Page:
HomeBusiness DigestReduced govt agric input scheme to hit Seed Co’s top-line

Reduced govt agric input scheme to hit Seed Co’s top-line

Seed Co Ltd’s top-line is seen declining marginally in the full-year to March (FY17) weighed down by reduced government input support schemes in the region and generally declining volumes.

By Chris Muronzi

Thriving crop ... The government has reduced its input scheme by 60%.
Thriving crop … The government has reduced its input scheme by 60%.

Government input support programmes in all markets Seed Co operates in have reduced significantly with Zimbabwe down 68%, Malawi down by 13% and Zambia down by 37%.

The group posted a solid set of numbers in the full-year (FY16) to March 31 2016. The top-line grew slightly to US$95,96 million from the prior year.

Revenue growth was driven by the recovery in the demand for winter cereals. Seed Co embarked on an early seed sale drive in some of its operating regions (Zimbabwe, Kenya and Botswana).

Although Seed Co witnessed solid demand for cereals, the group witnessed a decline in maize seed sales volumes from 34,220 metric tonnes in 2015 to 31,745 metric tonnes in 2016.

“The positive results came in an environment which continues to be challenging, characterised by natural impediments such as El- Nino and the decrease in government inputs support across the region,” MMC Capital said in research note.

“The decline in volumes was however offset by the price adjustments in select markets (such as in Zambia, Malawi, Tanzania and Kenya), as well as the positive impact of the new vegetable seed.”

Gross profit margin increased 7% to 53% aided by the US dollar product pricing in some depreciating currencies, such as the Zambian kwacha. Management said it is now focusing on decreasing the unit cost of production in a bid to improve yields as well as creating efficient value chains.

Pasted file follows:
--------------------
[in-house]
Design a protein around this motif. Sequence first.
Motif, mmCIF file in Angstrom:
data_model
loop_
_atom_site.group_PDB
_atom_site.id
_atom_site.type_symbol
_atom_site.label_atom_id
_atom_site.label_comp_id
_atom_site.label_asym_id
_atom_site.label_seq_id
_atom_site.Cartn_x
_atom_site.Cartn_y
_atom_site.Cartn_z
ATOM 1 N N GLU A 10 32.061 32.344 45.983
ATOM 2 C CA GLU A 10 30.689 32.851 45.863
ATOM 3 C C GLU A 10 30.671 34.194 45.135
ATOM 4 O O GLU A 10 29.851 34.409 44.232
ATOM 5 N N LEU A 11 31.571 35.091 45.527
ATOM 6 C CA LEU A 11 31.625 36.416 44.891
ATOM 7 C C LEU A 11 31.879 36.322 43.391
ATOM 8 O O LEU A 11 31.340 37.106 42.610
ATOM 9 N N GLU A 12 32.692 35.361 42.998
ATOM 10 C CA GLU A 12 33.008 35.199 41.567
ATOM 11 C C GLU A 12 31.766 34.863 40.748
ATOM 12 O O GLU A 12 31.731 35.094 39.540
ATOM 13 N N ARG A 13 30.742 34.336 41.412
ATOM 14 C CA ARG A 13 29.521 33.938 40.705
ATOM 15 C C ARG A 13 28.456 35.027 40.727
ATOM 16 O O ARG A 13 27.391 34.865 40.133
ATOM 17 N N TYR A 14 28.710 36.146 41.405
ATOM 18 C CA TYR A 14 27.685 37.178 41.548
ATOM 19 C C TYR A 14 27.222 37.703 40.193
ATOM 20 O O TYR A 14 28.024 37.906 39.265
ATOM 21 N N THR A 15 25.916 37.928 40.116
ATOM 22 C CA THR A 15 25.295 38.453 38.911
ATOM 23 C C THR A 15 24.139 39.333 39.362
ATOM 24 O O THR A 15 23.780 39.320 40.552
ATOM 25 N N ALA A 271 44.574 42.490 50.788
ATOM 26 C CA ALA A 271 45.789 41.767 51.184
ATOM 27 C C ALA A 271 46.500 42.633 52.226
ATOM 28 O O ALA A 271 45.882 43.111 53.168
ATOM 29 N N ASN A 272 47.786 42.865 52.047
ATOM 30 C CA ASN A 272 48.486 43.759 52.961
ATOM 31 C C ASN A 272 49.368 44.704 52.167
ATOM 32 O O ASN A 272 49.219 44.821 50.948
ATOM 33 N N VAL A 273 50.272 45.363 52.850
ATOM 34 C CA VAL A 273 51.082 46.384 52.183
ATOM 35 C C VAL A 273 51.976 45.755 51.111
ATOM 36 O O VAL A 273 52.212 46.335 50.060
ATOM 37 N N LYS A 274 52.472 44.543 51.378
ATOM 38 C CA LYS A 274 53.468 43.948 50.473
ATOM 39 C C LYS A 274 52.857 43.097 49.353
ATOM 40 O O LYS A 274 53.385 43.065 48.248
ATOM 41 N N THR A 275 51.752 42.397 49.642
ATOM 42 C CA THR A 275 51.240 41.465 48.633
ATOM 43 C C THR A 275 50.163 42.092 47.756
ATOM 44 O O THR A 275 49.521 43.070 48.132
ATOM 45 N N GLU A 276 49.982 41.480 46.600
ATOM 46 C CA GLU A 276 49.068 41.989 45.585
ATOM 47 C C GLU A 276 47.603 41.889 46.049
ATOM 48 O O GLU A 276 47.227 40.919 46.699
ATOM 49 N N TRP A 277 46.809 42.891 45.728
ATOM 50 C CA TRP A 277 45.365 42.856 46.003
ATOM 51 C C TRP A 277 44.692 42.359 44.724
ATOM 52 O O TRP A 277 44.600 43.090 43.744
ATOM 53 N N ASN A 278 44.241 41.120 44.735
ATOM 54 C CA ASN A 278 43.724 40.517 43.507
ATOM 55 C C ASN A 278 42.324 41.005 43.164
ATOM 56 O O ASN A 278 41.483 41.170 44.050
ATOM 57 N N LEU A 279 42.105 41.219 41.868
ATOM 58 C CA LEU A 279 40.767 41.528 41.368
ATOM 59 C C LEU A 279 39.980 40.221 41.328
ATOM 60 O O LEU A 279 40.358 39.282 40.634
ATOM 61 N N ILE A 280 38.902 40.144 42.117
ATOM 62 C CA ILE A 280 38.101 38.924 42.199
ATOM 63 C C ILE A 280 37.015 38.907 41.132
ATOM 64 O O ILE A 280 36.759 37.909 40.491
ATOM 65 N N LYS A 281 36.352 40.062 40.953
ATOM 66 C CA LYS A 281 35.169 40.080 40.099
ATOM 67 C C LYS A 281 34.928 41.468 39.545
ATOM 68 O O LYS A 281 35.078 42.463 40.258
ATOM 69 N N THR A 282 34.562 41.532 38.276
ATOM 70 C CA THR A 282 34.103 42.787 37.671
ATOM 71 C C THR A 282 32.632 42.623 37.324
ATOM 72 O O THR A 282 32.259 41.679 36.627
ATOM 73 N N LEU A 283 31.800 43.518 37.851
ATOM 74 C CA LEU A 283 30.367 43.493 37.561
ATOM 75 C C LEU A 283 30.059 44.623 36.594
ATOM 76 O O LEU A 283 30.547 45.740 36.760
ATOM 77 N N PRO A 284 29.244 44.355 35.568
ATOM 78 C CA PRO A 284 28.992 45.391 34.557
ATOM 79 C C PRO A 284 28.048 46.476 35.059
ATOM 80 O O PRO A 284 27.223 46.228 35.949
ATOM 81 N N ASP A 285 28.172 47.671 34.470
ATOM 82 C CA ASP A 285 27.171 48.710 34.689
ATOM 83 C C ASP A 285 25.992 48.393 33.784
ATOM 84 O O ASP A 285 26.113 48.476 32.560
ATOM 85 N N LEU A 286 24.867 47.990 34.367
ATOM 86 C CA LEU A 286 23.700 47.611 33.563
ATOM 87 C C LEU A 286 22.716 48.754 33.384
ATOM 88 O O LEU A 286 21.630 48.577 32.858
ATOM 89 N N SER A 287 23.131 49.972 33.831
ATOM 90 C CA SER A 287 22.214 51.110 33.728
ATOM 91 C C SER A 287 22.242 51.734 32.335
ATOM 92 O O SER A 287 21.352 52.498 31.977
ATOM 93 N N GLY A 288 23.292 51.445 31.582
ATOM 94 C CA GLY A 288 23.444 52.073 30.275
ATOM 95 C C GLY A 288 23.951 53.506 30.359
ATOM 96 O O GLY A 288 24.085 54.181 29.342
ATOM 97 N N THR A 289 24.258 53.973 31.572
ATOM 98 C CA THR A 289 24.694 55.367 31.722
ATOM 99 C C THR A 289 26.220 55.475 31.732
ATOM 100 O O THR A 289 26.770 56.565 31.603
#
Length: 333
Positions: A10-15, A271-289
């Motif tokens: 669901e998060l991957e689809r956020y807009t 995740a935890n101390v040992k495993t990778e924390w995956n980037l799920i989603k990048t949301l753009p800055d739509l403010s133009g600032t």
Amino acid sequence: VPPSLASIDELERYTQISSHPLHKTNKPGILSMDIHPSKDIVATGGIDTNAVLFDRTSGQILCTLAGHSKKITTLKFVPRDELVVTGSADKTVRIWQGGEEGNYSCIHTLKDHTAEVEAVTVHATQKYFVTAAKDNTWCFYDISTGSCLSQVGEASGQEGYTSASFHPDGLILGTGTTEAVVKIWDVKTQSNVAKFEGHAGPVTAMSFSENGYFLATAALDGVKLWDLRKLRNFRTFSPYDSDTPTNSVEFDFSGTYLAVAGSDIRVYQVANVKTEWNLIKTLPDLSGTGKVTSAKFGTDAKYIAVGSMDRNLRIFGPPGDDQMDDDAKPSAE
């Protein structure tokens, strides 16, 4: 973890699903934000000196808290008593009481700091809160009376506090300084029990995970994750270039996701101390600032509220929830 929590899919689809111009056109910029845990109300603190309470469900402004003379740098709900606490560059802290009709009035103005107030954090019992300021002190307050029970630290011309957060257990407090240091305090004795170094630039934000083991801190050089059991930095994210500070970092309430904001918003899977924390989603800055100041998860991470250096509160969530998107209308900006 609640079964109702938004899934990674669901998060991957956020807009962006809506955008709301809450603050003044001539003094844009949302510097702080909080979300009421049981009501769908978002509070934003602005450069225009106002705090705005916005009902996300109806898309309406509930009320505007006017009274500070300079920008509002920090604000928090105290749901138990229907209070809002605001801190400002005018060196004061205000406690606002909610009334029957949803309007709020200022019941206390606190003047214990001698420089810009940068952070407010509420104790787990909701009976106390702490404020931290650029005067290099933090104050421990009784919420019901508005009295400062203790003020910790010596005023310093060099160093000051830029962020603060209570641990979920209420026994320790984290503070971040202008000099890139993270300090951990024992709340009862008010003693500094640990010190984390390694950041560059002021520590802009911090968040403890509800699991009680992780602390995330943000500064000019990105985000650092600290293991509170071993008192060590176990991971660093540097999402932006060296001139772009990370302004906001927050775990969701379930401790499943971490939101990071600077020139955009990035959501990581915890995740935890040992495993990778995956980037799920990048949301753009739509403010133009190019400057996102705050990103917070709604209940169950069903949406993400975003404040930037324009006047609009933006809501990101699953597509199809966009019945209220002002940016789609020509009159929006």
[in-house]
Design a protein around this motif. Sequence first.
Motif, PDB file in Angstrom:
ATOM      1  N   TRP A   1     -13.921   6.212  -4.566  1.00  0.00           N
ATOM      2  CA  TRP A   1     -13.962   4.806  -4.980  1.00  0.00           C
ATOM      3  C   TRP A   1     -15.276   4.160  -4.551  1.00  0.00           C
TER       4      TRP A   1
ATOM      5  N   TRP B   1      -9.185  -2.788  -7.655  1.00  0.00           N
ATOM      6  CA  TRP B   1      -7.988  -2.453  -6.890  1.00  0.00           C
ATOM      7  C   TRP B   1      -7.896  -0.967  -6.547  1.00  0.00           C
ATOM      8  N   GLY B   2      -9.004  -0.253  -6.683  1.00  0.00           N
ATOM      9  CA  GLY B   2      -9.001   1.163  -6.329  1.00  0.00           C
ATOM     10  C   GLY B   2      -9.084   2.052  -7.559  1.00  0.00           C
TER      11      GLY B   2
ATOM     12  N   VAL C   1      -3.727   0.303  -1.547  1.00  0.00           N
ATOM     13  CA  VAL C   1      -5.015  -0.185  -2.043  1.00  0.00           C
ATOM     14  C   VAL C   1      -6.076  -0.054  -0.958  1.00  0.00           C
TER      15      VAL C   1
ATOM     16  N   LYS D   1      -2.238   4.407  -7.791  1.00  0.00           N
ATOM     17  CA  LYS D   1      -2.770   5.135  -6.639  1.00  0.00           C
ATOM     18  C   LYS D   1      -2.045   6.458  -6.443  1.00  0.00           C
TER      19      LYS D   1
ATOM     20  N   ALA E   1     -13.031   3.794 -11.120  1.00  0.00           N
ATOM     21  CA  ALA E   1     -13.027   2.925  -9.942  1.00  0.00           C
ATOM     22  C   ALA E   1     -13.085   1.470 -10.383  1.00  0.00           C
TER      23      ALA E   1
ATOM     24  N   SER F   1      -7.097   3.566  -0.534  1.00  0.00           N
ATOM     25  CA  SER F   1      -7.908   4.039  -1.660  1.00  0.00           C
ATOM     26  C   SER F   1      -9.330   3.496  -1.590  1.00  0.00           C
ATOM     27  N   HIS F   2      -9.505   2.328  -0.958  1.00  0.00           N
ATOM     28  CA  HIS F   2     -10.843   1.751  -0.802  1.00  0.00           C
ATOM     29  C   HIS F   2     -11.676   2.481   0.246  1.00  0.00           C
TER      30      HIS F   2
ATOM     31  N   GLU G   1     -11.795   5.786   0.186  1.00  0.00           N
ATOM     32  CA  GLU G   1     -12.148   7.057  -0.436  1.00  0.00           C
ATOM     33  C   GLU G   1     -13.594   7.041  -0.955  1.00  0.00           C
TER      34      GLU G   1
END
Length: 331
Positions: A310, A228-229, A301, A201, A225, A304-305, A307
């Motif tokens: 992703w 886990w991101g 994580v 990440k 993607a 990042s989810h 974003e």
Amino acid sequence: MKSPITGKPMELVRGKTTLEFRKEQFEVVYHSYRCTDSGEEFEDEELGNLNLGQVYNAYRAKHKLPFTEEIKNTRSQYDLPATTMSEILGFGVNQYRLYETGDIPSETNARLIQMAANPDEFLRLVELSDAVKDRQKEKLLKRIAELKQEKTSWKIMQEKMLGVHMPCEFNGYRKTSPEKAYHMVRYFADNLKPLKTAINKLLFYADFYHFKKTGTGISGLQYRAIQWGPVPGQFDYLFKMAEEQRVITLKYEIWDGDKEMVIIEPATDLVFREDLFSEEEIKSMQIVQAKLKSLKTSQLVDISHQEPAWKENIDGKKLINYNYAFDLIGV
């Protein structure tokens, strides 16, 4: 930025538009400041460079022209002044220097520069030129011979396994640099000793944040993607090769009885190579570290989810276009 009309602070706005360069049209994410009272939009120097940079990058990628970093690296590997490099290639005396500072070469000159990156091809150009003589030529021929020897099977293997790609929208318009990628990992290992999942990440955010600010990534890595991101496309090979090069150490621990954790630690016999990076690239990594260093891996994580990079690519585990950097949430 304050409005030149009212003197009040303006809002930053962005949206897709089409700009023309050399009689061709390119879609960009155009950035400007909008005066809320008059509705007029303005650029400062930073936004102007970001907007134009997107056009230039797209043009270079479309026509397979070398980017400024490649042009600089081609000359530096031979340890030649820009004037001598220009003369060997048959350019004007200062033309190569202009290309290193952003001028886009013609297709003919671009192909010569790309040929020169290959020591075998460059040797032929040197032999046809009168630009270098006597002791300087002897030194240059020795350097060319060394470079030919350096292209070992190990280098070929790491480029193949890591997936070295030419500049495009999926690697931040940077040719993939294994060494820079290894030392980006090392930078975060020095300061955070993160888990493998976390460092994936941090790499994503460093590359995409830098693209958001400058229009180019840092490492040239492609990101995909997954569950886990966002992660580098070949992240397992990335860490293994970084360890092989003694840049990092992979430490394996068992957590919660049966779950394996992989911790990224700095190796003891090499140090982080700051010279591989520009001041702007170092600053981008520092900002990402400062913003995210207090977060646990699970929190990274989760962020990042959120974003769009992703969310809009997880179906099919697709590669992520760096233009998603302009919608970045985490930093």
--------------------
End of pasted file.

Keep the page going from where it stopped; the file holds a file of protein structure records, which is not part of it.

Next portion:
Earnings before interest, taxes, depreciation and amortisation and earnings before interest and taxes margins, however, retreated 2% apiece to 19% and 16%, respectively in the period

Other incomes component on the income statement retreated, in the period under review, owing to the decline in currency values and reduced non-seed disposals.

Operating costs in the period under review were up 15,6% stemming from the new vegetable line business, increased investments in research and development as well as selling and marketing expenses.

Profit after tax grew 3% to US$15,4 million in the period.

Borrowings as at March 31 2016 stood at US$29,8 million against US$13,98 million recorded in 2015.

Borrowings increased owing to the need to fund seed production, 44 000 metric tonnes in 2016, compared to 20,000 metric tonnes in 2015. The group continues to have access to cheaper bank facilities as well as intensified debt collections, resulting in the group’s lower finance cost.

“MMC Capital Research view is that, the forecasted dry weather conditions will likely boost demand for Seedco’s early maturing varieties, in line with management guidance, as well as the traction on vegetable business,” MMC added.

“We thus project 1% decline in revenue growth to US$95m for the financial year ending 2017. This will translate into an earnings per share of US$0,0608 per share. Our price to earnings valuation metric using a peer average PE of 16.01x, and an EPS (+1) of 6.08 cents points to a fair value price of 96.06c., an upside potential of 75% relative to the current price of 55 cents.”

While the operating environment remains tough, exacerbated by the erratic rains as a result of El-Nino and Lanina, MMC placed a buy order on the stock.

Seed Co is a blue chip counter with a consistent dividend policy.

The group has experienced currency depreciation in all markets, with the effects of the depreciation partially shared with the consumers as well.

On the positive, the group has started operating its molecular laboratory, with new soybean, maize and other crop varieties being registered in Uganda and Kenya.

Management said the group will continue to increase input programmes to address regional food deficits.

Recent Posts

Stories you will enjoy

Recommended reading